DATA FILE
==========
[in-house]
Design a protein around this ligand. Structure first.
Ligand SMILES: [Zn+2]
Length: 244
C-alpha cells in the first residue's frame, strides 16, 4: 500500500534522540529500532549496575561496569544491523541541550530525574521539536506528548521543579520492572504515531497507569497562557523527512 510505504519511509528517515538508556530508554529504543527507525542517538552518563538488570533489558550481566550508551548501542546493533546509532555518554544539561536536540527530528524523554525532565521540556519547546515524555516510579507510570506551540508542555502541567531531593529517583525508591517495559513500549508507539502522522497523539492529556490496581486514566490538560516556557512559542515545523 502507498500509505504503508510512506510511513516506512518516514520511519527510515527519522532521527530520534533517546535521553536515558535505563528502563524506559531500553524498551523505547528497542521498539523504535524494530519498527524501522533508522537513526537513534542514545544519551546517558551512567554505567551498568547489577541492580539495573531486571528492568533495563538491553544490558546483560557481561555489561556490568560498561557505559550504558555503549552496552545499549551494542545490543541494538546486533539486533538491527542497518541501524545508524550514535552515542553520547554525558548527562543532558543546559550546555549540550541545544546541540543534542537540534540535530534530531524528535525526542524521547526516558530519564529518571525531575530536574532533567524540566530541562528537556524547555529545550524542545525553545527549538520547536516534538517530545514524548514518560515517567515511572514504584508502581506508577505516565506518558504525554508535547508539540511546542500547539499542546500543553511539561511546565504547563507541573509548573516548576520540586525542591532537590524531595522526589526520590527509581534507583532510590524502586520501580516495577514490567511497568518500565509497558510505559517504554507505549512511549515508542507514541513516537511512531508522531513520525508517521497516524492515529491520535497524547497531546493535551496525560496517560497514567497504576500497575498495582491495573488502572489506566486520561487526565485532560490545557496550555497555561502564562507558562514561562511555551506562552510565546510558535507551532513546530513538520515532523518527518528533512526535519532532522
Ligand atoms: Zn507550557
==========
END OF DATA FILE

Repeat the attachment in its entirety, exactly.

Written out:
[in-house]
Design a protein around this ligand. Structure first.
Ligand SMILES: [Zn+2]
Length: 244
C-alpha cells in the first residue's frame, strides 16, 4: 500500500534522540529500532549496575561496569544491523541541550530525574521539536506528548521543579520492572504515531497507569497562557523527512 510505504519511509528517515538508556530508554529504543527507525542517538552518563538488570533489558550481566550508551548501542546493533546509532555518554544539561536536540527530528524523554525532565521540556519547546515524555516510579507510570506551540508542555502541567531531593529517583525508591517495559513500549508507539502522522497523539492529556490496581486514566490538560516556557512559542515545523 502507498500509505504503508510512506510511513516506512518516514520511519527510515527519522532521527530520534533517546535521553536515558535505563528502563524506559531500553524498551523505547528497542521498539523504535524494530519498527524501522533508522537513526537513534542514545544519551546517558551512567554505567551498568547489577541492580539495573531486571528492568533495563538491553544490558546483560557481561555489561556490568560498561557505559550504558555503549552496552545499549551494542545490543541494538546486533539486533538491527542497518541501524545508524550514535552515542553520547554525558548527562543532558543546559550546555549540550541545544546541540543534542537540534540535530534530531524528535525526542524521547526516558530519564529518571525531575530536574532533567524540566530541562528537556524547555529545550524542545525553545527549538520547536516534538517530545514524548514518560515517567515511572514504584508502581506508577505516565506518558504525554508535547508539540511546542500547539499542546500543553511539561511546565504547563507541573509548573516548576520540586525542591532537590524531595522526589526520590527509581534507583532510590524502586520501580516495577514490567511497568518500565509497558510505559517504554507505549512511549515508542507514541513516537511512531508522531513520525508517521497516524492515529491520535497524547497531546493535551496525560496517560497514567497504576500497575498495582491495573488502572489506566486520561487526565485532560490545557496550555497555561502564562507558562514561562511555551506562552510565546510558535507551532513546530513538520515532523518527518528533512526535519532532522
Ligand atoms: Zn507550557